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How To Reduce Waste with More Productive Meetings

Posted by Matt Banna

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Oct 20, 2020 10:56:00 AM

boring meetingEven before the pandemic, most American workers felt that they were being forced into wasteful or even counterproductive meetings regularly. According to a study by Korn Ferry, 51% of professionals reported that spending too much time in meetings and on calls distracts them from making an impact at work to some extent. Another 16% said that it was true to a great extent. A whopping 67% of workers said excessive meetings keep them from getting their best work done.

Think that the sudden work to remote work driven by COVID-19 means fewer meetings? Think again.

Post-COVID Meeting Statistics

A Zoom meeting is still a meeting. The National Bureau Of Economic Research provided the first large-scale analysis of how digital communication patterns have changed in the pandemic's early stages. Compared to pre-COVID levels, the number of meetings per person has increased by 12.9%, and the number of attendees per meeting has increased by 13.5%.

An internal Microsoft study of meeting patterns after the beginning of the pandemic found roughly 7 out of 10 employees experienced at least some increase in meetings. The growth didn't discriminate by the function. They saw it across their engineering, product, and business teams.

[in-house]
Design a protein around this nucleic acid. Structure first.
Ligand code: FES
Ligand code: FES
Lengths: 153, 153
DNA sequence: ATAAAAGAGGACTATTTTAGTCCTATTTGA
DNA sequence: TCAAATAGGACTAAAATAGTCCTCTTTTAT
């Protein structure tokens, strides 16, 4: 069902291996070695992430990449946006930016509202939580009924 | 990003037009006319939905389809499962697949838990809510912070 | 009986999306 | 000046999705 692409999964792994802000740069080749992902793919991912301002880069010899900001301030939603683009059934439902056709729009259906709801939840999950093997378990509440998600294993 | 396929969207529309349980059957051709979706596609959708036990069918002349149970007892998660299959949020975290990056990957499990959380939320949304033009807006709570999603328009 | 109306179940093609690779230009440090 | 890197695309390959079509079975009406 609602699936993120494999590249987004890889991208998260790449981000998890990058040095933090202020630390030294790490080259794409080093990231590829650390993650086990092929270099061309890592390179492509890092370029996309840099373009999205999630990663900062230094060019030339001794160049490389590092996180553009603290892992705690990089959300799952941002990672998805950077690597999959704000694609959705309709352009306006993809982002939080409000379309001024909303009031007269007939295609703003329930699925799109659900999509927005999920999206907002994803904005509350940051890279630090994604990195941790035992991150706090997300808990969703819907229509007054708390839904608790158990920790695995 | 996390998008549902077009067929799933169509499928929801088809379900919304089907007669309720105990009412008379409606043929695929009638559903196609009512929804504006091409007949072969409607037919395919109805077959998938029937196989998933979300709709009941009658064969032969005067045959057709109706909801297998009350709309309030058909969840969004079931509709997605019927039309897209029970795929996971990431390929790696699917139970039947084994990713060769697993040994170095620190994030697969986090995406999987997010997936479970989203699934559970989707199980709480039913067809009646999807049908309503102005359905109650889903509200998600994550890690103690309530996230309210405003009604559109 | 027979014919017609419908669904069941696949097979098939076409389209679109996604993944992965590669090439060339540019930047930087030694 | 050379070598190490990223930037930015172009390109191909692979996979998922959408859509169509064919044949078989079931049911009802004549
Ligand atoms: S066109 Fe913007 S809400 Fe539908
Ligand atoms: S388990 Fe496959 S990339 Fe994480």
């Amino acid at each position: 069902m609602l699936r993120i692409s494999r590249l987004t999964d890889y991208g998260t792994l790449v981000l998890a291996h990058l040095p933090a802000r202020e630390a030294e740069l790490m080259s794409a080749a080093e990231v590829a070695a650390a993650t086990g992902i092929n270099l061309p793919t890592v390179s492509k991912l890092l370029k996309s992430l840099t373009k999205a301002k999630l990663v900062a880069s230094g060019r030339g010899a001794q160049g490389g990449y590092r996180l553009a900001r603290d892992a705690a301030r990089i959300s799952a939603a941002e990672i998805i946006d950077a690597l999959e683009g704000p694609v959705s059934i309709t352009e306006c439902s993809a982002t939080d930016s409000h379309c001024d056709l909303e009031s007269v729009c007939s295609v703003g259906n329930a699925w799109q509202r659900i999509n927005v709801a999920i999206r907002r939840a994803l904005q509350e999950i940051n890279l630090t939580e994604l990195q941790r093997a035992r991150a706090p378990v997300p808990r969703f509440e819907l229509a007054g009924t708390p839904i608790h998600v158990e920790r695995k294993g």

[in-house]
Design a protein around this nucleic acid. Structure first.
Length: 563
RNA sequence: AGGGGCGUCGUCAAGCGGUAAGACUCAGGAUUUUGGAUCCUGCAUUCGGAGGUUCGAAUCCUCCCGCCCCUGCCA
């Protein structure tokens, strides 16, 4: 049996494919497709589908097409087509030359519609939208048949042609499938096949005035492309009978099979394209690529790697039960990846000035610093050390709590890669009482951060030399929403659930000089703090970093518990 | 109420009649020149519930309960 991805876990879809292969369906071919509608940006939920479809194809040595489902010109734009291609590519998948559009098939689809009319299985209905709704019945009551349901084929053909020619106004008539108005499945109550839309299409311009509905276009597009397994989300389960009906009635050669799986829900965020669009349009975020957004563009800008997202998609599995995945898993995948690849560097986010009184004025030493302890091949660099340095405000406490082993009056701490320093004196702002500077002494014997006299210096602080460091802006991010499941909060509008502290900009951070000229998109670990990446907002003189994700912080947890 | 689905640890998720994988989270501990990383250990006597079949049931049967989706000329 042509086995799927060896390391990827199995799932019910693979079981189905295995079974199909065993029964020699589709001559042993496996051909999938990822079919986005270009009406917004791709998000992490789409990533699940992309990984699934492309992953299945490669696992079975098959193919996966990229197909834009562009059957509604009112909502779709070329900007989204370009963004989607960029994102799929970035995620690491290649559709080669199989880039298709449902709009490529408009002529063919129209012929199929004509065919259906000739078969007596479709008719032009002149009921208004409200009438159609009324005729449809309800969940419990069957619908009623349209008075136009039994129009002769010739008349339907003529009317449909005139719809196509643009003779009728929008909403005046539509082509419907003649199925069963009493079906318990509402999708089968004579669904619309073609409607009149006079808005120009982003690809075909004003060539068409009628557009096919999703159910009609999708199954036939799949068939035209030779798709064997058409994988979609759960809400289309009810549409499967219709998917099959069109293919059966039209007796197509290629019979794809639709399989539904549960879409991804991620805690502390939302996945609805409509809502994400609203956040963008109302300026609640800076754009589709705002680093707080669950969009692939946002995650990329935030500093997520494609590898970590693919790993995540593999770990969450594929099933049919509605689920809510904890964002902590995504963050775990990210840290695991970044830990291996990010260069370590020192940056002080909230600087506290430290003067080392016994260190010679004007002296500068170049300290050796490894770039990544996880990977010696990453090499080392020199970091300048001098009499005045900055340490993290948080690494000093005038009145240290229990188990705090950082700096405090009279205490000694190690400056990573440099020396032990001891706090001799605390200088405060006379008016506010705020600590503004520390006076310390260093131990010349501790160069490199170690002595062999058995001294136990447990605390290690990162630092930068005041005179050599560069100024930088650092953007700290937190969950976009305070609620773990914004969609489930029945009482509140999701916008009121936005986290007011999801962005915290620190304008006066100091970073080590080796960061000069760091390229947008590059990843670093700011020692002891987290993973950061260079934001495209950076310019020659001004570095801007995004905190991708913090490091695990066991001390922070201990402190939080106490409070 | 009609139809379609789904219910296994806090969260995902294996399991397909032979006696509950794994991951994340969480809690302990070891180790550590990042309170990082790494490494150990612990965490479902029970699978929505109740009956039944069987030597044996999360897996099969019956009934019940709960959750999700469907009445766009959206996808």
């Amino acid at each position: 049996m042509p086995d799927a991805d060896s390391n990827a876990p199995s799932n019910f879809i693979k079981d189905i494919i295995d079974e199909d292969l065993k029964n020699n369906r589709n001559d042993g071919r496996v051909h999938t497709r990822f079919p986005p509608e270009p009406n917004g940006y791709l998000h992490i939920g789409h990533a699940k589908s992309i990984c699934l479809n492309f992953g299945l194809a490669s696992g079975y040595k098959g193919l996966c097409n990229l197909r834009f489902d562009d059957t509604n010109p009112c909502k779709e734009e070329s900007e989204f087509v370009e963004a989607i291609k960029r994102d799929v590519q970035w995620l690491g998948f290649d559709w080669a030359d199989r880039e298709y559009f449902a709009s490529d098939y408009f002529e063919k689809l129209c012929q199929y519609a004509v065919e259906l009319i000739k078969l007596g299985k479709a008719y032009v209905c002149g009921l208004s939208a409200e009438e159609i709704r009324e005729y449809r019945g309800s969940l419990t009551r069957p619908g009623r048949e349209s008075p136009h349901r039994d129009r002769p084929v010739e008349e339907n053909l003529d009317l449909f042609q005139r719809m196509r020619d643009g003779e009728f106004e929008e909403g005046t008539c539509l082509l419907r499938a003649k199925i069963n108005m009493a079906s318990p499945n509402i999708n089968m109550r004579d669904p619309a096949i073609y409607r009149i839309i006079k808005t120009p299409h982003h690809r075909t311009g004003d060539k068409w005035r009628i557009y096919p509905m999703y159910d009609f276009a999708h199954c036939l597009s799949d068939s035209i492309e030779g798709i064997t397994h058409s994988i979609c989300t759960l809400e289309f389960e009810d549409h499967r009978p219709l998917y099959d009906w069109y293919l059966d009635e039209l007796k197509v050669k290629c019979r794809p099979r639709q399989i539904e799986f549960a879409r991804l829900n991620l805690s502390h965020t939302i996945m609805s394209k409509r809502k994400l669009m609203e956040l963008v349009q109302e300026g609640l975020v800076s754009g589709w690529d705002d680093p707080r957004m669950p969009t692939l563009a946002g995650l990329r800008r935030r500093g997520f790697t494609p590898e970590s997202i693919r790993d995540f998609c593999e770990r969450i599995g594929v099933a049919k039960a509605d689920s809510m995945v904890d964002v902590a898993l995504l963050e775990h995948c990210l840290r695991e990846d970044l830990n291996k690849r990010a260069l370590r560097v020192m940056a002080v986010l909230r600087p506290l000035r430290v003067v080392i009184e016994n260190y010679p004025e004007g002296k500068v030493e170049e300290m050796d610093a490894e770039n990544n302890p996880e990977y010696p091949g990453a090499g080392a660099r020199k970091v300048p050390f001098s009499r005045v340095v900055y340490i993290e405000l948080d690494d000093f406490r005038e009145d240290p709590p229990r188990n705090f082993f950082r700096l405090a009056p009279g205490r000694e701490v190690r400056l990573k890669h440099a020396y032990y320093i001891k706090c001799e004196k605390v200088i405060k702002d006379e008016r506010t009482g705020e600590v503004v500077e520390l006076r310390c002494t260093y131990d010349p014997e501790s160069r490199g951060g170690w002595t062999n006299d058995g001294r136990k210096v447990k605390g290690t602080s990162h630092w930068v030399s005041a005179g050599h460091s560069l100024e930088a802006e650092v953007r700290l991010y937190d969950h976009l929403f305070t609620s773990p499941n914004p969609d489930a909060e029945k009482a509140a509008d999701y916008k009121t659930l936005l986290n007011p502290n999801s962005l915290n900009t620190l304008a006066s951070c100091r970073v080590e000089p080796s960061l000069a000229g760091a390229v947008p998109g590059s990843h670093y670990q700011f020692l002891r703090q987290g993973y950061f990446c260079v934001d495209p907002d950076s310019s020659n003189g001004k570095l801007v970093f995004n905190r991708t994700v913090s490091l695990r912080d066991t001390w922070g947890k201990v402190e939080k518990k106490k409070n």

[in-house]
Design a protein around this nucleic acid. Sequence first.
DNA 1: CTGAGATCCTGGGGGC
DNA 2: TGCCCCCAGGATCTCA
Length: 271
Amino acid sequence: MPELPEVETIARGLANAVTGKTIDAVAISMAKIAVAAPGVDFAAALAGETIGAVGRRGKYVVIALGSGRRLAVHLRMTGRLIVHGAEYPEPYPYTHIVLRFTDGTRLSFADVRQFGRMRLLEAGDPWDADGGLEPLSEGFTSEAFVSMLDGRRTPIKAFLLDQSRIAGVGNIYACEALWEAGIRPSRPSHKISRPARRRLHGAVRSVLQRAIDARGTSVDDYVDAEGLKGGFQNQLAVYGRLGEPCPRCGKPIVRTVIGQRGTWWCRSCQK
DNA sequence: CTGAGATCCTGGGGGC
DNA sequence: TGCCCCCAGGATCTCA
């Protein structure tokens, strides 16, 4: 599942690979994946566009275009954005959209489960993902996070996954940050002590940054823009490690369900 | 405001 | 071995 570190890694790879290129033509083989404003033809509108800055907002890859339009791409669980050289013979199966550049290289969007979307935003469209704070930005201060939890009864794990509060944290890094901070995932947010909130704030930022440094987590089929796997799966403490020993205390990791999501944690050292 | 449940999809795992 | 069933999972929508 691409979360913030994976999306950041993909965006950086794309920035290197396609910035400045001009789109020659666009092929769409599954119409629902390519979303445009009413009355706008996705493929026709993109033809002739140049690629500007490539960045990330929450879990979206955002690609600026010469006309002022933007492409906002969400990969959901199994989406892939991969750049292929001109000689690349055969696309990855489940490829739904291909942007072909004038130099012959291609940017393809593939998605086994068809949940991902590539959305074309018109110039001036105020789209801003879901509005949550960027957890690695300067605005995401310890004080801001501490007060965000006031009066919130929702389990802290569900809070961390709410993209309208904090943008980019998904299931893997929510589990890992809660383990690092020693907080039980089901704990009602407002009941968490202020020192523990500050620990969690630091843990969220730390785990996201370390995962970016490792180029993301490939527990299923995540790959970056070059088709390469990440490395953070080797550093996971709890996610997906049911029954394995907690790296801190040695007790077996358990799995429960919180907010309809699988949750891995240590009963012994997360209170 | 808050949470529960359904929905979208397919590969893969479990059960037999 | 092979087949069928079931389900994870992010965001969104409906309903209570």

Meetings as a Source of Waste

Communication and collaboration are vital to success in any organization, so some meetings are essential, but meetings can be a significant source of wasted time if not executed properly. More meetings mean more opportunities for waste and lost productivity.

You know your meeting is wasteful if:

  • There was a meeting, but no discussion.
  • There was a discussion, but no decision.
  • There was a decision, but there was no follow-through.

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To Meet or Not to Meet

Before you start your meetings, ask and answer the following questions:

  • Is a meeting really necessary?
  • What are the goal and expected outcomes?
  • Is a meeting the best route to achieve the desired results?
  • What would happen if there wasn't a meeting?
  • How will we rate the success of the meeting?

Some meetings tend to be more wasteful than others. Carefully evaluate the need for the following meeting types.

Recurring Meetings – Recurring meetings are nice because they are predictable and serve as a place-holder for discussion, but holding one just because it is on the calendar is a frequent time waster. If no one in the meeting has an essential topic for discussion or if there is no decision to be made, consider skipping it.

Follow-up Meetings – If you find your team scheduling meetings to discuss a previous meeting, it's probably because the last meeting was so ineffective that it needs to be reworked. Instead of frequent follow-ups, work to improve the quality of the initial meeting.